6 WHICH Storage? Evaluating Storage’s Value
The basics of evaluating storage are in terms of watts, time and dollars: how much energy can you store for how long at what cost? For example X megawatt hours for Y cents per kilowatt hour for design life of Z years. This is summarized in the metric called LCOE (Levelized cost of Energy Storage): Total cost divided by the lifetime number of watt-hours in $/kWh.
But there are many cost and performance-related parameters to be evaluated (see chart) just for the economic analysis, including:
7 HOW BIG? Which Scale of Storage?
How big? When talking about electrical power and storage, the scale becomes critical. The needs, costs and values for a homeowner are far different than that of a utility or grid operator.
Basically, economies of scale apply for sheer cost. That is, bigger is cheaper, and when advanced storage is combined with solar PV it is competitive with fossil fuel plants and hydro storage ($200/MWh to $260/MWh) — see topic 5 for ”Costs”.
With the raw cost being one financial factor, the various approaches have different strengths and weakness, and the economics are always being discussed
8 WHERE Storage? Evaluating the Impact of Energy Facilities Scale and Location
The question of scale is also a question of the centralized vs. distributed tension between local rooftop solar and remote utility-scale solar installations.
Desert locations tend to be prefered by the industry since land is cheap and the sun plentiful.
However, there are environmental and cultural concerns:
“As we support and expand truly renewable energy, we must reject the harmful, unjust, and devastating mega-industrial scale solar and wind plants that are paving the desert and destroying and desecrating sacred and culturally significant sites of Indigenous peoples.”
“These landscapes remain imbued with substantial cultural, spiritual, and religious significance for the Tribes’ current members and future generations,… we urge BLM and the County to deny the proposed Project, which has the potential to transform this cultural landscape to an industrial one.”
9 WHERE Storage? Evaluating the Economies of Justice Scale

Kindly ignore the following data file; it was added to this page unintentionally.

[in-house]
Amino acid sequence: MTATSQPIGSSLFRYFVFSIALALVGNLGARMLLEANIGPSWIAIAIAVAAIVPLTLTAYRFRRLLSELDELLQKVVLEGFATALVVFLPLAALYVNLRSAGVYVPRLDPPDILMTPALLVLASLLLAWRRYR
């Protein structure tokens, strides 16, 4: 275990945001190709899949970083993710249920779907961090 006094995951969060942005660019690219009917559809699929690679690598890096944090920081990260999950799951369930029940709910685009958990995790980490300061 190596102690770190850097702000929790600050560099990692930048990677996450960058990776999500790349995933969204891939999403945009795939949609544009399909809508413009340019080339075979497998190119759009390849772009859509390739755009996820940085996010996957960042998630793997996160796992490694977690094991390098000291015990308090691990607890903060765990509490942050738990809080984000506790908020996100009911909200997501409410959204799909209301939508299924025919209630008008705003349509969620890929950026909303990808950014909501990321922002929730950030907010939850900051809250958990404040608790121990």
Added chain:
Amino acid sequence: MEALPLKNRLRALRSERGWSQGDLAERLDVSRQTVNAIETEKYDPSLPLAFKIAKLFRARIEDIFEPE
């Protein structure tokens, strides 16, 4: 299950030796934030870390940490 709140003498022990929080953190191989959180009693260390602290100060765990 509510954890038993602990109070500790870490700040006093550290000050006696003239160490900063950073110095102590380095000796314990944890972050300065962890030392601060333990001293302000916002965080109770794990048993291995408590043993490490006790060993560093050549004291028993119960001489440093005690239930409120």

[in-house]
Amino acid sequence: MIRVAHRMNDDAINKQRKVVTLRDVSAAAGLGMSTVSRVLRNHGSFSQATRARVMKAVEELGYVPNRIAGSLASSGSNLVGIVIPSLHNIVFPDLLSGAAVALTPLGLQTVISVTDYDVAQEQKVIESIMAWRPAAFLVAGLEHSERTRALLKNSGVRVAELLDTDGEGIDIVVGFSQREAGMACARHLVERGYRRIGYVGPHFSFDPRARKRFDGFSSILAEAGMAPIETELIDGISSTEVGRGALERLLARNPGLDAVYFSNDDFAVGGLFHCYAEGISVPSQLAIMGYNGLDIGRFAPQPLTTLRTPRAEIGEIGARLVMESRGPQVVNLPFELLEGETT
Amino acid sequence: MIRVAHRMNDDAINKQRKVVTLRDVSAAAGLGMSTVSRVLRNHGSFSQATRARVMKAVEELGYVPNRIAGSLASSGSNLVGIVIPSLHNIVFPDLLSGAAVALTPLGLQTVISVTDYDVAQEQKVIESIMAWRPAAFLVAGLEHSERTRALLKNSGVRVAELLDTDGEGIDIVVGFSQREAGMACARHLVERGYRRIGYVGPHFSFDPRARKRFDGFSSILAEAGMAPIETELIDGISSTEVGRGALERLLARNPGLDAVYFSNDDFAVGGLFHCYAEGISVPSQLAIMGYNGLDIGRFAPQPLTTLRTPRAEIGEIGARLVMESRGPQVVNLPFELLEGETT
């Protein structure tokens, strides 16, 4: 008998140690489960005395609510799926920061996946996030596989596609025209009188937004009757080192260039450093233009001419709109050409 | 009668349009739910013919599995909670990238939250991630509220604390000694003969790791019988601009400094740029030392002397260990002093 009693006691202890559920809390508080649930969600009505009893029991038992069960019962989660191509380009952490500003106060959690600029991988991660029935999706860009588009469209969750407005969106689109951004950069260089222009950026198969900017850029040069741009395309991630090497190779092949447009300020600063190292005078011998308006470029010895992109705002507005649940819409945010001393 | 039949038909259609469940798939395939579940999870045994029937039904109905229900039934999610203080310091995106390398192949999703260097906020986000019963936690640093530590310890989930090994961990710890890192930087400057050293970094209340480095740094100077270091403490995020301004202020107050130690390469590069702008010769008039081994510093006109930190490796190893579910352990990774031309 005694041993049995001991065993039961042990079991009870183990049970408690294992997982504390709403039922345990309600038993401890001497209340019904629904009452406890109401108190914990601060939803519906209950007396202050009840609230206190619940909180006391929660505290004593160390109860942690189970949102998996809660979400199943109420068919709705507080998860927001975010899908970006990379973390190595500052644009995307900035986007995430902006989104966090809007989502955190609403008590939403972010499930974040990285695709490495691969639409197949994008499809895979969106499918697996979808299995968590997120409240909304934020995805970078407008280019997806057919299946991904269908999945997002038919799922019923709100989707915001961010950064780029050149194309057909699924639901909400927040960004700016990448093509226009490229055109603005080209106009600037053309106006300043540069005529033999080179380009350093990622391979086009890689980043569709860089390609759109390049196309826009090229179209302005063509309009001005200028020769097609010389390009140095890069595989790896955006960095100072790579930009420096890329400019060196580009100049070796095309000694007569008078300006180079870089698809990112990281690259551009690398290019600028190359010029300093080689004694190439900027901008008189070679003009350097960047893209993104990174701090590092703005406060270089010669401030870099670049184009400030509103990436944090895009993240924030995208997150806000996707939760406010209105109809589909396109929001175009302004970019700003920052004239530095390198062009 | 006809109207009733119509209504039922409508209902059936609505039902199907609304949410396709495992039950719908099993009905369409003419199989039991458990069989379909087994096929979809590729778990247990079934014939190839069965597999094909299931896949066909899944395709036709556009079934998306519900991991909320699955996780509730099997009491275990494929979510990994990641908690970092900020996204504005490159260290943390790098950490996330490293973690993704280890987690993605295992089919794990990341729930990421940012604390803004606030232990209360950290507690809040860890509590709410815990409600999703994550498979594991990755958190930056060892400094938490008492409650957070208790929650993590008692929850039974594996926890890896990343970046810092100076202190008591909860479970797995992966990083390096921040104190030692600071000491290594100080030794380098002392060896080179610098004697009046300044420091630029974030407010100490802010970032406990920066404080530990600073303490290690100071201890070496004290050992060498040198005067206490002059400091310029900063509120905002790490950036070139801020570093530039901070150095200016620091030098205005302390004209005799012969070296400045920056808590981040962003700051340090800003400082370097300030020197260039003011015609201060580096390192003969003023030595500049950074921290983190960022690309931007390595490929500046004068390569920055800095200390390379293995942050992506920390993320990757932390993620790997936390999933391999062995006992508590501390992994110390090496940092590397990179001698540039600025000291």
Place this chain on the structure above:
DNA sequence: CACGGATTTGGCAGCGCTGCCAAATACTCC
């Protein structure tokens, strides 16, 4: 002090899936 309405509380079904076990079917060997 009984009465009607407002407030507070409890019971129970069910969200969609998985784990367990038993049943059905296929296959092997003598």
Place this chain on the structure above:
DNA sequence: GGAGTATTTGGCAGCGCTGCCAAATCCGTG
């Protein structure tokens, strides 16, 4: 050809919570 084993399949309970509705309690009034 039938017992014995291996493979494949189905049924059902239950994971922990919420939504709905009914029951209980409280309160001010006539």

There are considerations beyond strict cost. With storage being essential to expanded renewable energy, storage resources are as vital and as profitable as generation resources. Who will own and profit from the gigawatt hours of our future energy storage?
As the size increases for generation and storage facilities, their costs per kWh generally go down. Often, so does the proximity to the users, which imposes additional transmission costs and power losses, and centralizes the financial benefits. The Sierra Club’s guidelines emphasize protection of sensitive and valuable areas and that generation should be “as close as possible to load centers” to avoid transmission.
There is strong interest by climate action and clean energy advocates not only to accelerate the transition to clean renewable energy, but also to make that a just transition, so that consumers and communities (esp. disadvantaged communities of color) also directly benefit from it. As energy democracy advocates such as John Ferrel of ISLR will point out, small-scale solar has provided 20% of recent new energy generation, shifting power (literally) to customers.
Stakeholders in the industry, including utilities, have fought to lock out and limit rooftop solar and its customer- and community-level benefits. Utilities have waged a regulatory rate battle against Community Choice Energy (CCE) programs, especially in California, which seek to aggressively implement renewable energy and includes “equitable access to things like rooftop solar” . Policy bills, such as SB 692 to make transmission charges based on substation use, which support local power, can be great leverage points for just transition activists.